Accomplishments in optical radiation standards
Solid-state lighting is becoming a commercial reality. Light emitting diodes (LEDs) are being introduced into more and more products for general purpose and architectural lighting. This is significant because about 22 % of electricity consumption in the U.S. is used for lighting, and white LED lamps are expected to attain at least twice the energy efficiency of fluorescent lamps.
In support of the Department of Energy (DOE), which has set a goal of reducing by half the energy spent on lighting, NIST is developing national and international measurement standards for this emerging technology. We have developed new measurement services for LEDs, a laboratory accreditation program, and are furthering research on photometric and colorimetric aspects of solid-state lighting sources.
In particular, NIST played leadership roles in develop- ing the ANSI (American National Standards Institute) C78.377 chromaticity specifications, and the IESNA (Illuminating Engineering Society of North America) LM-79-08 standard method of photometric measurement for LED products, which have become the key standards used in DOE’s Energy Star program.
NIST scientists continue to work towards further, needed LED measurement standards in committees of ANSI, IESNA, and the CIE (International Commission on Illumination). For example, measurements of high-power LEDs have been difficult due to their strong dependence on temperature and due to differences in measurement practice in the semiconductor and lighting industries. We have developed a novel technique to measure high-power LEDs at a set junction temperature, bridging the gap between the two practices. We have also developed a new metric for color rendering of light sources, which solves the problem of applying traditional metrics to white LEDs. It is being proposed as a new international standard.
For more information, contact Yoshi Ohno.
The spectra of LED sources are dissimilar to those of traditional incandescent and discharge lamps, and some traditional lighting standards are insufficient or deficient when applied to LEDs. Thus, it is important to conduct modern vision experiments to better understand the effects of chromaticity, color rendering, and other aspects of spectra on lighting quality.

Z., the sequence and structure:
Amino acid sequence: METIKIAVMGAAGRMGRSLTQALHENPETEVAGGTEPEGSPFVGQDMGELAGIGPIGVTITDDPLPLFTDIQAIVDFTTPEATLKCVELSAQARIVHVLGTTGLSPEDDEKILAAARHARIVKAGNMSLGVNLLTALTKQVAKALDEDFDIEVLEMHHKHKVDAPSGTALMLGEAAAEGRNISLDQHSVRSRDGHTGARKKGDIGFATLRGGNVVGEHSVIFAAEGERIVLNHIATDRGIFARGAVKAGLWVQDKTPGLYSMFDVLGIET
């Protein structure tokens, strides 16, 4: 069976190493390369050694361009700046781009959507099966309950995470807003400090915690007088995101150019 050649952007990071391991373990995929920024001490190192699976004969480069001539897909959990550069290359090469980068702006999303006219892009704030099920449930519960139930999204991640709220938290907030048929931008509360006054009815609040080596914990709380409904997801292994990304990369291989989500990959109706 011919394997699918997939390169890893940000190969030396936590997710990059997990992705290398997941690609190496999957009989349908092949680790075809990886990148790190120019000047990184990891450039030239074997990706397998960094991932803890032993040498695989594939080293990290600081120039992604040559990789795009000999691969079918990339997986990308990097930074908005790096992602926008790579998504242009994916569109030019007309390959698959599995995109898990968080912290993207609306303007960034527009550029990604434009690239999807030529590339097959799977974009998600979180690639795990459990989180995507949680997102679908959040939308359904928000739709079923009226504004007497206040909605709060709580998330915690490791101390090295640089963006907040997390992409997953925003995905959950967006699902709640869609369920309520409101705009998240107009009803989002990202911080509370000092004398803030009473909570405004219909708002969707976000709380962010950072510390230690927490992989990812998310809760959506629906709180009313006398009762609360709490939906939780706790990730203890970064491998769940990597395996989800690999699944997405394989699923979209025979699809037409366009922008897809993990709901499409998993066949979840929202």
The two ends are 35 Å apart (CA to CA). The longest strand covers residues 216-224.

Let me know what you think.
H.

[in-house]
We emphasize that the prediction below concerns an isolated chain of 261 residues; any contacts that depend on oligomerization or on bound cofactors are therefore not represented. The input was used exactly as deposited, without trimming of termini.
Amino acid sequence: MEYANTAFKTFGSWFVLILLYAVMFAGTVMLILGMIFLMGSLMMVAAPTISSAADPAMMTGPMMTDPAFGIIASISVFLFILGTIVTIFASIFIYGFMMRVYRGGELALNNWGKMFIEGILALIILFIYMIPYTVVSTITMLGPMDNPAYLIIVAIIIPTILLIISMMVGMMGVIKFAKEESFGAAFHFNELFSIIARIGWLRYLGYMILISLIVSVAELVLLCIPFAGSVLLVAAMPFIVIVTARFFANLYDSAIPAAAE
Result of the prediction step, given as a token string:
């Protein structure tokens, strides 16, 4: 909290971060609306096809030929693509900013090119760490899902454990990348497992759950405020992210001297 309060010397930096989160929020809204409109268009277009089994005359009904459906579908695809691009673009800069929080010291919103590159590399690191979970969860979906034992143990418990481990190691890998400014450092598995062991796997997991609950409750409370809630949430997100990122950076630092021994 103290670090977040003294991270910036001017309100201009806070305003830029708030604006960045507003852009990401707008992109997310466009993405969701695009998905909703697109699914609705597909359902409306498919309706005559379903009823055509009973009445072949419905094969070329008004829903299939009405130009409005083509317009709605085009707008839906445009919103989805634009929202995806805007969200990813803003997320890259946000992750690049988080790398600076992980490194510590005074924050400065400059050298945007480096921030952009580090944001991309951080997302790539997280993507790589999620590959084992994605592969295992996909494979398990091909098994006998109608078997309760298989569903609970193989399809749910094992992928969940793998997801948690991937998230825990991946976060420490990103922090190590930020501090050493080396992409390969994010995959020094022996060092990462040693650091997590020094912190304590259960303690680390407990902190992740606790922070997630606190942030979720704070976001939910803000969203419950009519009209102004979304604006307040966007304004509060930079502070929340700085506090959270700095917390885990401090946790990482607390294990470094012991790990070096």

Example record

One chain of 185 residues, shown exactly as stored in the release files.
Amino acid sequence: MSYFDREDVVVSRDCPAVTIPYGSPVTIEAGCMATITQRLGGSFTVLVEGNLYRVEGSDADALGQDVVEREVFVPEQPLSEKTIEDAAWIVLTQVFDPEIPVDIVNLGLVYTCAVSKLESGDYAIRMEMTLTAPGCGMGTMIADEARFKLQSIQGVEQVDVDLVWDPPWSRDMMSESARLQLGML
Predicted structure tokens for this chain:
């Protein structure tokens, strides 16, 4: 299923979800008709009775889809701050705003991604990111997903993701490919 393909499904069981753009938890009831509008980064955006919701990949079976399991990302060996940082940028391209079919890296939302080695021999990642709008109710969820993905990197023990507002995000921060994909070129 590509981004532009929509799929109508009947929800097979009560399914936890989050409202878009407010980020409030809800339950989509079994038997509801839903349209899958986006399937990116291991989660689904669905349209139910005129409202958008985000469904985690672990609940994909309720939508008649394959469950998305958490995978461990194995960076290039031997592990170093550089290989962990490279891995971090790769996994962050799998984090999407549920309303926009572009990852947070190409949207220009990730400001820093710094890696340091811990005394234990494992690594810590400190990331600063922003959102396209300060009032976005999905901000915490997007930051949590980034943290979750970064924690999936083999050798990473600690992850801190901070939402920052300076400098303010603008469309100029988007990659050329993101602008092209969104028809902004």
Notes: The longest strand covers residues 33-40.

NIST’s new Spectrally Tunable Lighting Facility has been developed to enable this research. The facility consists of two room-size, furnished cubicles in which observers can be completely immersed in a real-life setting. Each cubicle is lit by 1,800 variable-power LEDs under computer control. Organized into 22 wavelength channels, the LEDs span the visible spectral range of 440 nm to 640 nm and can be set to simulate the spectra of various types of light sources. This allows testing and evaluation of prospective lighting systems as people would experience them.
NIST researchers are using the facility to develop a new color-quality scale, and to investigate optimum spectral compositions of white light to achieve both superior color quality and high energy efficiency. The results of these experiments will lead to new international standards and provide manufacturers with knowledge they need to develop higher quality products.
For more information, contact Yoshi Ohno.
In partnership with NASA and NOAA, a new radiometric source has been developed for the calibration of satellite optical sensors during the thermal-vacuum stage of testing. During this stage, the conditions on orbit are simulated. Conventional calibration approaches use large lamp-illuminated integrating spheres. However, they would not only require excessively large vacuum chambers for testing, their flux levels and spatial profiles would replicate poorly the radiation field that a satellite sensor would see on orbit.
The interagency team developed a novel, low-profile, vacuum-compatible calibration tool to fit the need. It consists of a flat-plate illuminator fed by xenon arc lamps using optical fibers. Four filter radiometers were used to monitor the spectral radiance of the four quadrants of the flat plate. A diffuser is installed to provide an improved representation of reflected solar radiation, from Earth as seen by the satellite.
The source was demonstrated to have an absolute radiometric uncertainty of 1.9 % (k = 1), sufficient to meet the 2 % requirement of the Visible Infrared Imager Radiometer Suite (VIIRS) sensor being developed for the National Polar-orbiting Operational Environmental Satellite System (NPOESS). Additionally, the team showed that the source could be used at wavelengths as long as 2.4 μm by replacing the xenon lamps with a supercontinuum source. This allows the calibrator to be used throughout the full reflective solar band, from 350 nm to 2.4 μm.
Other applications are being explored, including the calibration of astronomical telescopes, where the space between the entrance aperture of the telescope and the roof of the dome is insufficient for integrating sphere sources. Additionally, the flat-plate system is scalable to large aperture telescopes, whereas integrating spheres would become prohibitively large and expensive.
For more information, contact Steven Brown.